There is much comment all over the media about the need for tax rises at present.
There is also much left-wing fury that, according to Left Foot Foward:
Keir Starmer’s spokesman has rejected mooted Tory plans for a rise in fuel duty, corporation tax and capital gains tax in the budget.
The Labour leader’s spokesman told lobby journalists this afternoon that it is “absolutely the wrong time to be talking about tax rises”.
So, let me be clear: in a world where there is but one chance at a sound bite Keir Starmer is right. We do not need to be talking about tax rises at present. He is right to say so. I entirely agree that this may be the time to talk about tax reforms, but I reiterate, that in a world where there is but one chance at a soundbite, he has chosen the right line.
I argued his case in my submission on Tax After Coronavirus to the Treasury Select Committee, saying:
The greatest misunderstanding around tax at present, arising as a direct consequence of the coronavirus crisis, is that there will at some time be an obligation on government to somehow raise tax to cover the deficit of £300 billion or that will arise in 2020/21 and the £100 billion plus deficits that will arise in each of the following three years, as currently forecast. This is not true. There are a number of reasons for this:
- To seek to do this at a time when demand is already suppressed due to the impact of the coronavirus on both household and business confidence, which means that demand (and so GDP) is likely to be severely impaired for some time, would have the net effect of further reducing the funds available to fuel that demand, and so would exacerbate the scale of the recession (or even depression) that we are now facing. As such there is likely to be no scope for increases in overall tax revenue for some years to come if the government wishes to see the economy recover to anything like its former level of activity;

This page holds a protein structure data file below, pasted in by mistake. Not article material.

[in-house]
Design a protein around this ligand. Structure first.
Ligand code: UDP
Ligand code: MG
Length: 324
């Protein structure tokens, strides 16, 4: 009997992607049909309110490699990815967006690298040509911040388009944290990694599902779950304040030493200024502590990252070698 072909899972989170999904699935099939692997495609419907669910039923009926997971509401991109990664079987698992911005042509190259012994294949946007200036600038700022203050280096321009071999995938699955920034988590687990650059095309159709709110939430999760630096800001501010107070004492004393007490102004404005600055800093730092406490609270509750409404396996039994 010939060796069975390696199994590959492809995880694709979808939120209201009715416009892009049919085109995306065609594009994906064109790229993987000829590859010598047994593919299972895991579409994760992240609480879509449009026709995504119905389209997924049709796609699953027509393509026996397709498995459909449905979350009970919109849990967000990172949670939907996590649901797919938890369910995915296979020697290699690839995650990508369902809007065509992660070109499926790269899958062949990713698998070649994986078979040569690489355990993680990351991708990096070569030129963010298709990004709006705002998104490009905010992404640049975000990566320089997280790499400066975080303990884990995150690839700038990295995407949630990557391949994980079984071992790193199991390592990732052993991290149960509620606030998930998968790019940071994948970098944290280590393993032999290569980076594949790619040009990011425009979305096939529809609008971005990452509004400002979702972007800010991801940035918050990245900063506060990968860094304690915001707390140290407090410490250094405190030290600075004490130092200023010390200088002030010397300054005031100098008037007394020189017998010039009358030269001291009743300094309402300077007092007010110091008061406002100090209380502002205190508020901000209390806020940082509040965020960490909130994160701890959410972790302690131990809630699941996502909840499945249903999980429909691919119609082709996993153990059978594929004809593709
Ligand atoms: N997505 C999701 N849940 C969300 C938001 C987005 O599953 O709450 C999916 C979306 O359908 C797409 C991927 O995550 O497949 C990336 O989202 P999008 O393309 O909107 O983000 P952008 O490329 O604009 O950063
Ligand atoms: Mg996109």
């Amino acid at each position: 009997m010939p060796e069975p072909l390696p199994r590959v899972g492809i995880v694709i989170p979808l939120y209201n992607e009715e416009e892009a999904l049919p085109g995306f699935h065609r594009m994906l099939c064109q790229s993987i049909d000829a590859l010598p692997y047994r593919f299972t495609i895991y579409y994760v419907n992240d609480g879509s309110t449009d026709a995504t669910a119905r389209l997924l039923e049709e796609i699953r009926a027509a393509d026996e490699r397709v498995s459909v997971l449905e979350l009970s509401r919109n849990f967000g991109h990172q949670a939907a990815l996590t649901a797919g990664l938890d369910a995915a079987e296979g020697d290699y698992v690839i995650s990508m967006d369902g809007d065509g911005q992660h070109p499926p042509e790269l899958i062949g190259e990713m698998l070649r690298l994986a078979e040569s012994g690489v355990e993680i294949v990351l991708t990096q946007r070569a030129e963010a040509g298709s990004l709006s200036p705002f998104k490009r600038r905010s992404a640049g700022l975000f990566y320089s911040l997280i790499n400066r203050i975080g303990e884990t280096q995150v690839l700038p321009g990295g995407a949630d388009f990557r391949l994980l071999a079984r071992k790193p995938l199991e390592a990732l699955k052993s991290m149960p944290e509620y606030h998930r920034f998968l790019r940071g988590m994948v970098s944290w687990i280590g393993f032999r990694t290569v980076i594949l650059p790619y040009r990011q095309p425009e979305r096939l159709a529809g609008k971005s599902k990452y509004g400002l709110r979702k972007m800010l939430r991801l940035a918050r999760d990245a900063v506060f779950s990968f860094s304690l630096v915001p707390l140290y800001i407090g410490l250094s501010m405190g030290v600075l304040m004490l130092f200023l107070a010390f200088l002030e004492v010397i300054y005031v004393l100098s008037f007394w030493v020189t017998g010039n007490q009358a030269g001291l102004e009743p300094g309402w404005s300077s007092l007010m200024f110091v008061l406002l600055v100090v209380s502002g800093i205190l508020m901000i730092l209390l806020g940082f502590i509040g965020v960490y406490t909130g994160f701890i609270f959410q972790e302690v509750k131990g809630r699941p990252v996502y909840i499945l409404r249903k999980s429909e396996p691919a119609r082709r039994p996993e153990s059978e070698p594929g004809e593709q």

- As a matter of fact, there is no reason to raise funds for this purpose. As already noted, QE will cover most of the 2020/21 deficit, and will probably do likewise in each of the following years. There is no reason at all to reverse these QE arrangements and absolutely no pressure on the government to do so. Nor is there any obvious risk of inflation that suggests that QE might need be reversed. Indeed for more than a decade now inflationary pressure has almost disappeared from the world economy and there is no sign of it returning, anywhere. The chance that this happens to coincide with the period when QE has been in use is likely to not be coincidental at all.
- There is ample demand for government saving accounts and bonds at present and since the government now has effective near total control of short term interest rates (as a consequence of the size of central bank reserve balances) and long term interest rates (through QE) the government has every opportunity to continue to engineer this valuable position that means that the net cost of interest on national savings deposits and gilts will remain exceptionally small in historic terms for some considerable time to come.
- Any threat from money markets to destabilise this situation can always be neutered using either short or long term QE: the government can now always out-gun the markets, which was a fact not appreciated before 2009.
It follows that the rational objective for the tax take within fiscal policy is, in this environment, to keep that yield as low as possible in order to stimulate demand, and so encourage economic recovery, leaving QE, the Bank of England and the government savings markets to fulfil the task of balancing the government’s funding equation.
I am well aware that I then spent a great deal of time arguing that there were reasons to now think reform possible, and to suggest what they were, but everyone of those was a microeconomic footnote to the overall macroeconomic comment I have just reproduced here.
Keir Starmer has this right. Give the man a break.